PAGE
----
It’s official: The Word of the Year is “Vape.”
Smoking an electronic cigarette is almost as new as its recognition by the Oxford English Dictionary and the effects of this new form of inhaling nicotine are only beginning to sink in.
Trinity University held its first Great American Vapeout campaign Wednesday night to coincide with the Great American Smokeout event sponsored by Trinity’s Health Services and precede the national American Cancer Society’s Smokeout campaign – a day focused on informing people about the dangers of cigarette smoking.
E-cigarettes are promoted as smoking cessation aids and are currently considered a safer alternative to cigarettes, but some research shows they are not without their own set of health risks.
Trinity University Biology Professor Robert Blystone, with the help of 16 students enrolled in his first-year seminar course, “Knowing and Persuading,” handed out pamphlets the students had designed in class detailing the dangers of e-cigarettes and the vapor they produce to students at Mabee Dining Hall.
The “Knowing and Persuading” seminar is part of Trinity’s Bridge program for first-generation college students, who are also part of the University’s First-Generation, Under-represented Students program.
Since Hon Lik invented the first battery-powered e-cigarette in 2004, more than 1,000 companies have produced their version of e-cigarettes, including the major multinational tobacco companies. The devices are not regulated by the Food and Drug Administration except for therapeutic purposes, which means they cannot be marketed as a quit-smoking aid.
Though they are marketed as a safer alternative to smoking, e-cigarettes use a vaporizer to heat up a liquid mixture usually containing nicotine. They produce a mist rather than smoke. The mist, or vapor, also contains propylene glycol, used in asthma inhalers and classified as “safe,” and vegetable glycerol, along with various flavors to create distinctive tastes.
Some youth are going straight to e-cigarettes. A journal article published in the Contemporary Reviews in Cardiovascular Medicine found that although dual use with cigarettes is high, some youth experimenting with e-cigarettes have never tried a tobacco cigarette.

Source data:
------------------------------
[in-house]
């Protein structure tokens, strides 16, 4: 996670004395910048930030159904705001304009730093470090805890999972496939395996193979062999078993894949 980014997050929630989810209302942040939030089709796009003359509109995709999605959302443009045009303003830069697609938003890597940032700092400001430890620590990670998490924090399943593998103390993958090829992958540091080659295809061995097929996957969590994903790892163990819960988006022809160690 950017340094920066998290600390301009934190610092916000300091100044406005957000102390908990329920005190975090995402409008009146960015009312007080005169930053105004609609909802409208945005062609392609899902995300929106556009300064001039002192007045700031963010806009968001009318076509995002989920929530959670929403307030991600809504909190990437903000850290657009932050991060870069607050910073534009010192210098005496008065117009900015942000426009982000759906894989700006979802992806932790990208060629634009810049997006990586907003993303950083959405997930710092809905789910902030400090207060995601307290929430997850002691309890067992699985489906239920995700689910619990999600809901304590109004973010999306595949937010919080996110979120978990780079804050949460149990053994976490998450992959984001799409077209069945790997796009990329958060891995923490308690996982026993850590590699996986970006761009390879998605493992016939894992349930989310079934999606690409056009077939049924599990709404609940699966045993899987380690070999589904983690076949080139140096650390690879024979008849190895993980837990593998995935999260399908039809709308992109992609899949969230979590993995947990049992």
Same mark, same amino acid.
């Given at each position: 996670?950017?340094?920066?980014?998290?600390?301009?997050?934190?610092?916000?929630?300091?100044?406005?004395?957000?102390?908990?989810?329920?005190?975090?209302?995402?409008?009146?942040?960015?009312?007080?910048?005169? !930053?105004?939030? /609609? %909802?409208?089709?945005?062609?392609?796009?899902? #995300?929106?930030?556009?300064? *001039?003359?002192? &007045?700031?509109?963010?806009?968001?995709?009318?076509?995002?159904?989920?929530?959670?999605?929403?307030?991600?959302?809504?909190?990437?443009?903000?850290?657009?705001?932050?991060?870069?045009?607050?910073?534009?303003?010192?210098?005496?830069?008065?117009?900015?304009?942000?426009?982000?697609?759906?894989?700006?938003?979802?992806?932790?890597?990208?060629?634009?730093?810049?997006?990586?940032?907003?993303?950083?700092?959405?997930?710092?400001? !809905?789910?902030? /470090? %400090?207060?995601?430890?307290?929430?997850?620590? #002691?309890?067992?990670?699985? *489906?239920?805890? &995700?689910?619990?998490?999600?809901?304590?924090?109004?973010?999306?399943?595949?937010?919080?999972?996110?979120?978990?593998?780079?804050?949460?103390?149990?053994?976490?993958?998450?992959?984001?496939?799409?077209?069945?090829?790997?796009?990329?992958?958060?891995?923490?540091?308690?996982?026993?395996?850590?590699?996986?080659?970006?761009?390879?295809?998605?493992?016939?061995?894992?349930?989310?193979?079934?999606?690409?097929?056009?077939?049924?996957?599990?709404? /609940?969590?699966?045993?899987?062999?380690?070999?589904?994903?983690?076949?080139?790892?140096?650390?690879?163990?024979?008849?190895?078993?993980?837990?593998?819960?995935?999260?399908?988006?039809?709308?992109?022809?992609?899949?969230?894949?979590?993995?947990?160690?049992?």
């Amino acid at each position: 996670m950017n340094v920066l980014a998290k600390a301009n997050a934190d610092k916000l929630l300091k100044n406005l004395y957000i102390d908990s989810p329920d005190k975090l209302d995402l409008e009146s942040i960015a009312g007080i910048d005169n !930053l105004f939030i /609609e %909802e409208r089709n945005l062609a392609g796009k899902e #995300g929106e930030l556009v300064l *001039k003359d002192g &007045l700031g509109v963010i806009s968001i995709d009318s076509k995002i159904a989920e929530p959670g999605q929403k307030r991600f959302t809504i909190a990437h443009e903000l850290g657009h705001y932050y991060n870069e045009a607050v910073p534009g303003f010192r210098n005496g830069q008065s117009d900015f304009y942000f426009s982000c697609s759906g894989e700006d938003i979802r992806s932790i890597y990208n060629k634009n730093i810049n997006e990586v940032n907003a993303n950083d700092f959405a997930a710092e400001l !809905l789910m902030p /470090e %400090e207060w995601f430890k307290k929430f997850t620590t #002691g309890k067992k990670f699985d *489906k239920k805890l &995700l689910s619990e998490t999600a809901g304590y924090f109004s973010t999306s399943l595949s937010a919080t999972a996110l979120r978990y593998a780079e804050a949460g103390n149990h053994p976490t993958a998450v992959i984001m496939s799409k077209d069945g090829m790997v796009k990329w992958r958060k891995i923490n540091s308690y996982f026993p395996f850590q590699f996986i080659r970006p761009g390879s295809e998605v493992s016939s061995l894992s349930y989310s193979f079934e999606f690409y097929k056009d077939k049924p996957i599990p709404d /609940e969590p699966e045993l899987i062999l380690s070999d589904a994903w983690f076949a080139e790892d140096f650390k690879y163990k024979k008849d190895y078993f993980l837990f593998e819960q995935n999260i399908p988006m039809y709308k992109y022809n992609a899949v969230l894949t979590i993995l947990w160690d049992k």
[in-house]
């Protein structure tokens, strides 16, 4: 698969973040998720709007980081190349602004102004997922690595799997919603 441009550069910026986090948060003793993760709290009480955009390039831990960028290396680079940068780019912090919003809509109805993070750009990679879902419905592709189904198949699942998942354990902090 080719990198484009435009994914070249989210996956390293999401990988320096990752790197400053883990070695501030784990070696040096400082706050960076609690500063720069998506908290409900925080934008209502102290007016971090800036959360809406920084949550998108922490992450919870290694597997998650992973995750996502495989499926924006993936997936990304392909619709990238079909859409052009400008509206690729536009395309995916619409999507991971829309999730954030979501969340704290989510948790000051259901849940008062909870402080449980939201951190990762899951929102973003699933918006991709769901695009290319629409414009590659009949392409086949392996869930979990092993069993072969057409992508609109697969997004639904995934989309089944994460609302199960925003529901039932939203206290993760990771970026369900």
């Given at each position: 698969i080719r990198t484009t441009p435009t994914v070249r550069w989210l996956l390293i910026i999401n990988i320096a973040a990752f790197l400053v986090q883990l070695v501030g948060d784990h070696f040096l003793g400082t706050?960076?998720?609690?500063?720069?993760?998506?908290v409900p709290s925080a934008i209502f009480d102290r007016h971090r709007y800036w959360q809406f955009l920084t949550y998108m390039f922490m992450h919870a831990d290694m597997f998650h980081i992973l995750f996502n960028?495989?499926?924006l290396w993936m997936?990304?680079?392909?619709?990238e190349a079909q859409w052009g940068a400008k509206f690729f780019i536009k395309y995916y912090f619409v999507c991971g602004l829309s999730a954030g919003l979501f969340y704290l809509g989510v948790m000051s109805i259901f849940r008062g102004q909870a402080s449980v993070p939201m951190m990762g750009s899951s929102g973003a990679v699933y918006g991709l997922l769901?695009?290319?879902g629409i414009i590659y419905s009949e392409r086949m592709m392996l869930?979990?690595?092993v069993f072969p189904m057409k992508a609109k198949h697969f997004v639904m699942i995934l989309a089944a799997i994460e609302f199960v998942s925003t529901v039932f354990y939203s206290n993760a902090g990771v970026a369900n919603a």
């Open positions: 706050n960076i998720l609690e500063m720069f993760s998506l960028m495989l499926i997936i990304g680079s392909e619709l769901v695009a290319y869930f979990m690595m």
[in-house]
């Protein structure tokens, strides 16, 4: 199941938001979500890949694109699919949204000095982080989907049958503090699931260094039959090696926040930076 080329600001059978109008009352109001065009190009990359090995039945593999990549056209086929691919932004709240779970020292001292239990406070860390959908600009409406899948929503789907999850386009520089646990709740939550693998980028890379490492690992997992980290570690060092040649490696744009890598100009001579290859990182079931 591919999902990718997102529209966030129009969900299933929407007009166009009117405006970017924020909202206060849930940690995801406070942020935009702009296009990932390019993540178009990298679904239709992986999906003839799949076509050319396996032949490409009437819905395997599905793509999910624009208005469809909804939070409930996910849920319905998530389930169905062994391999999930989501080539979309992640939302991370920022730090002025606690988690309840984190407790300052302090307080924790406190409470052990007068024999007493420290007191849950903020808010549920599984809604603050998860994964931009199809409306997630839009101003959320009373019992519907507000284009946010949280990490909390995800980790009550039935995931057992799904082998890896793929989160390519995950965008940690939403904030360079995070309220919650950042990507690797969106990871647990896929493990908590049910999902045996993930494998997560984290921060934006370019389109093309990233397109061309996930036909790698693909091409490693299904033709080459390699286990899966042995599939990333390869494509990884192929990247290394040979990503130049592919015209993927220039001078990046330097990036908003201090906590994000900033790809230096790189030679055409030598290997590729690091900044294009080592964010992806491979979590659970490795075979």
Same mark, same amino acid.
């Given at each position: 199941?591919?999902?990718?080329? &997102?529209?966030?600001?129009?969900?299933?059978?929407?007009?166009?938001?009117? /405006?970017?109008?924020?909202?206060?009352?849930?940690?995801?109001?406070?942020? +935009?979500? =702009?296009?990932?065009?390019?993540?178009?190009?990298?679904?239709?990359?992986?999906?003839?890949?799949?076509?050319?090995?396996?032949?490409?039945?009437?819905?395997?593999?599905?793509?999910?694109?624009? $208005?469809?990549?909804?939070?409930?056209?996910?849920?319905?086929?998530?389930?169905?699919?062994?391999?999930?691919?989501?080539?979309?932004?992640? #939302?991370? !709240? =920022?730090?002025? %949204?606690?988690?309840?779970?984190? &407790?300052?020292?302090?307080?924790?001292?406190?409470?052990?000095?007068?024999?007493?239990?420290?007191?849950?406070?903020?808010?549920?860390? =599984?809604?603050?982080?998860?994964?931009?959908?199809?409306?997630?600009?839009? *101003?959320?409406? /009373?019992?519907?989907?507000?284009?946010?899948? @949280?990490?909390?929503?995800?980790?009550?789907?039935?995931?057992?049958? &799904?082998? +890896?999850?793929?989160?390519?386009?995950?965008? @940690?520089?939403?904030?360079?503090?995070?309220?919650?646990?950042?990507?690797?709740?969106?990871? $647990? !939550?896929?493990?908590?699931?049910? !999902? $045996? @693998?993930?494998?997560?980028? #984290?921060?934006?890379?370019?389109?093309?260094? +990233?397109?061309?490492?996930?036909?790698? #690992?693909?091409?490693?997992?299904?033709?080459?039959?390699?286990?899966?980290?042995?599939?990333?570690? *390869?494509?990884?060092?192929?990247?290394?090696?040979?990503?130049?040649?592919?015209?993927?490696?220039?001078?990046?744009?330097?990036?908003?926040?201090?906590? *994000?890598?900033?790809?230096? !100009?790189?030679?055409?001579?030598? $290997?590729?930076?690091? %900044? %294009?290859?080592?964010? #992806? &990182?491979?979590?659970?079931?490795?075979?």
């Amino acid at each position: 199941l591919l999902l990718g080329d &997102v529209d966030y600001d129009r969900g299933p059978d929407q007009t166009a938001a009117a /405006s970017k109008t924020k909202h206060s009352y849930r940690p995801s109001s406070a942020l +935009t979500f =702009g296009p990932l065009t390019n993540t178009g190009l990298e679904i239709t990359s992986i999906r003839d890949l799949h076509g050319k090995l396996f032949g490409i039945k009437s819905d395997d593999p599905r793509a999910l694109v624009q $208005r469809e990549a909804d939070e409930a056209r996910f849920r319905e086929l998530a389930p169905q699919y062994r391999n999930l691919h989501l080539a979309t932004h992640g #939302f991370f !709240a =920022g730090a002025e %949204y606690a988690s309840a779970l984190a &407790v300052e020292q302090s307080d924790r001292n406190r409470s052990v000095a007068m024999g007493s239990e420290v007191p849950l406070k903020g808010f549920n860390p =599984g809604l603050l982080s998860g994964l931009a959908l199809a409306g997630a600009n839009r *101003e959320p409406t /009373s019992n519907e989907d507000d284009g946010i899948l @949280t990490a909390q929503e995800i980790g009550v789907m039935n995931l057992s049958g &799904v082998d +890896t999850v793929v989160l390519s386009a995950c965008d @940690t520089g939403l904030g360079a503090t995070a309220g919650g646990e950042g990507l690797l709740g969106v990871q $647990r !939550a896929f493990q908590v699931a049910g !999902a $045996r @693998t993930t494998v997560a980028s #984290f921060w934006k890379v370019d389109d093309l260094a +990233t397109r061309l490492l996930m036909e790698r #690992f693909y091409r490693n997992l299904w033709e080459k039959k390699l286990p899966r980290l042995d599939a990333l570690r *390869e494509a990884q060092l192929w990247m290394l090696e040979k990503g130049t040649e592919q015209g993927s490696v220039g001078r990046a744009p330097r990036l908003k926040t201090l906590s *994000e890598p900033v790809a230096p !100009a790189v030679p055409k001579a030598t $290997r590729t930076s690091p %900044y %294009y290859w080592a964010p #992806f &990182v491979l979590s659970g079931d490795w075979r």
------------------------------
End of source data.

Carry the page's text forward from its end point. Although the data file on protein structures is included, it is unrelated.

In 2012, 20.3% of middle school and 7.2% of high school e-cigarette users reported never smoking conventional cigarettes, according to CDC data in the article.
“E-cigarettes represent the lesser of two evils,” Blystone said. “In this class, the knowing and persuading theme focuses on the standard of care. The standard of care is evolving.
“Should (doctors) continue to give niacin to control HDL cholesterol? We’ve seen changing regulations in who should have mammograms. It used to be women were supposed to have a mammogram at age 40, but now they’re saying they don’t need one until they’re 50.”
The class project is also designed to teach students about regulation. It would be fairly easy to start an e-cigarettes company today, even with a number of professional organizations, medical journals, and print publications weighing in on e-cigarettes and the FDA outlining a proposal in May to regulate electronic cigarettes and vaporizers made after 2007.
If the FDA’s rule is adopted as proposed, the deeming rule would extend the agency’s regulatory authority over a variety of tobacco products, including e-cigarettes, cigars, pipe tobacco, and hookah tobacco. These products would be subject to the federal prohibition on sales to minors, the federal prohibition on free sampling, federal warning label requirements, and the requirement that tobacco manufacturers register with the FDA and seek the agency’s review of new tobacco products.
Blystone said the class conducted its own research into e-cigarettes and created the pamphlet to include information about how there is no regulation and a lack of product labeling, no purity control of vaping elements, and inconclusive research into any benefits of e-cigarettes compared to traditional cigarettes.
Laurel Meister, a Trinity University English major and one of the peer tutors in the project, said the students examined how visuals can make an impact on public campaigns and perceptions of issues, mentioning Rosie the Riveter as a powerful cultural icon during World War II.
“Rather than accusing people of smoking and telling them about all the dangers, we focused on using friendlier language and positive images, encouraging them to enjoy the fresh air at the beach,” she said.
At the informational booth, for example, student volunteers handed out packs of seashells and sand along with the pamphlets that students could take with them as they ate dinner in the hall.
Cigarette smoking and vaping are both permitted on the Trinity University campus, although there is talk of making it a smoke-free area.
“Smoking is a cultural thing – people smoke a lot less here than there,” said Catalina Andazola, a first-year student, referring to her home in Mexico. “It’s good that they’re here to let students know what e-cigarettes have in them and what they do.”
Other students said the Vapeout was a good way to highlight the possibility of unknown chemicals in e-cigarettes, though the focus of the event remained on establishing a standard of care to move the campaign and growing health concerns in the right direction.
Nurses from the University’s Health Services were on hand to answer students’ questions and offer them positive messages about quitting smoking, offering quit kits and suggesting habit substitutes for cigarettes, such as brushing teeth or chewing gum.
*Featured/top image: Devin Keo vapes at Bar America while watching the San Antonio Spurs win Game 4 of the 2014 NBA Finals. He went from smoking two to three packs of cigarettes a day to only four per week in addition to his vaporizer. Photo by Iris Dimmick.